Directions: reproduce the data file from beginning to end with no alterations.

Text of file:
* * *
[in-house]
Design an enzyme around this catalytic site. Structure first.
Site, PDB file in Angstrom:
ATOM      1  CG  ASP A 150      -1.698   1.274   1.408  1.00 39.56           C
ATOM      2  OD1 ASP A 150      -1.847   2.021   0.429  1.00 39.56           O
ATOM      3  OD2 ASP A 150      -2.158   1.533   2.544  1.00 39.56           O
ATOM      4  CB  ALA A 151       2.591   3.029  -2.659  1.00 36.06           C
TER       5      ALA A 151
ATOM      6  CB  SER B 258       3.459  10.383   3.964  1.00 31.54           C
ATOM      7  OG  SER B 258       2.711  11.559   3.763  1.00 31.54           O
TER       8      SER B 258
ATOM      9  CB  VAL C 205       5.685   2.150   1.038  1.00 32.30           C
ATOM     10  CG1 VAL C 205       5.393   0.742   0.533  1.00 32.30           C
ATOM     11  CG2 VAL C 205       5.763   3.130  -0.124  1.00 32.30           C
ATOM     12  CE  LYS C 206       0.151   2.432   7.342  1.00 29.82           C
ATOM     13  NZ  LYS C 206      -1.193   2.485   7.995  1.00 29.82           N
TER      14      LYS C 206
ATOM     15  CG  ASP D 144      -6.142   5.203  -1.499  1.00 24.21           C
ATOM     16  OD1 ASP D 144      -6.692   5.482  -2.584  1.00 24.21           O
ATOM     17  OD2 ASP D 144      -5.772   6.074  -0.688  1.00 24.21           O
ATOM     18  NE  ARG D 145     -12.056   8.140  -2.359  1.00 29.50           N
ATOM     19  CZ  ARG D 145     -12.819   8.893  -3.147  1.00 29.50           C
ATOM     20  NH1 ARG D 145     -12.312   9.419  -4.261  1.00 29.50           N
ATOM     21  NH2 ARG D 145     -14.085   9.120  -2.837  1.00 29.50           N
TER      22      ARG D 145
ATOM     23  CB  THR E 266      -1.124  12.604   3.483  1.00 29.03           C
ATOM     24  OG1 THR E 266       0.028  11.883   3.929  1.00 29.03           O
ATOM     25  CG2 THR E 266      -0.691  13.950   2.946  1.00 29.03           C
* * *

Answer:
[in-house]
Design an enzyme around this catalytic site. Structure first.
Site, PDB file in Angstrom:
ATOM      1  CG  ASP A 150      -1.698   1.274   1.408  1.00 39.56           C
ATOM      2  OD1 ASP A 150      -1.847   2.021   0.429  1.00 39.56           O
ATOM      3  OD2 ASP A 150      -2.158   1.533   2.544  1.00 39.56           O
ATOM      4  CB  ALA A 151       2.591   3.029  -2.659  1.00 36.06           C
TER       5      ALA A 151
ATOM      6  CB  SER B 258       3.459  10.383   3.964  1.00 31.54           C
ATOM      7  OG  SER B 258       2.711  11.559   3.763  1.00 31.54           O
TER       8      SER B 258
ATOM      9  CB  VAL C 205       5.685   2.150   1.038  1.00 32.30           C
ATOM     10  CG1 VAL C 205       5.393   0.742   0.533  1.00 32.30           C
ATOM     11  CG2 VAL C 205       5.763   3.130  -0.124  1.00 32.30           C
ATOM     12  CE  LYS C 206       0.151   2.432   7.342  1.00 29.82           C
ATOM     13  NZ  LYS C 206      -1.193   2.485   7.995  1.00 29.82           N
TER      14      LYS C 206
ATOM     15  CG  ASP D 144      -6.142   5.203  -1.499  1.00 24.21           C
ATOM     16  OD1 ASP D 144      -6.692   5.482  -2.584  1.00 24.21           O
ATOM     17  OD2 ASP D 144      -5.772   6.074  -0.688  1.00 24.21           O
ATOM     18  NE  ARG D 145     -12.056   8.140  -2.359  1.00 29.50           N
ATOM     19  CZ  ARG D 145     -12.819   8.893  -3.147  1.00 29.50           C
ATOM     20  NH1 ARG D 145     -12.312   9.419  -4.261  1.00 29.50           N
ATOM     21  NH2 ARG D 145     -14.085   9.120  -2.837  1.00 29.50           N
TER      22      ARG D 145
ATOM     23  CB  THR E 266      -1.124  12.604   3.483  1.00 29.03           C
ATOM     24  OG1 THR E 266       0.028  11.883   3.929  1.00 29.03           O
ATOM     25  CG2 THR E 266      -0.691  13.950   2.946  1.00 29.03           C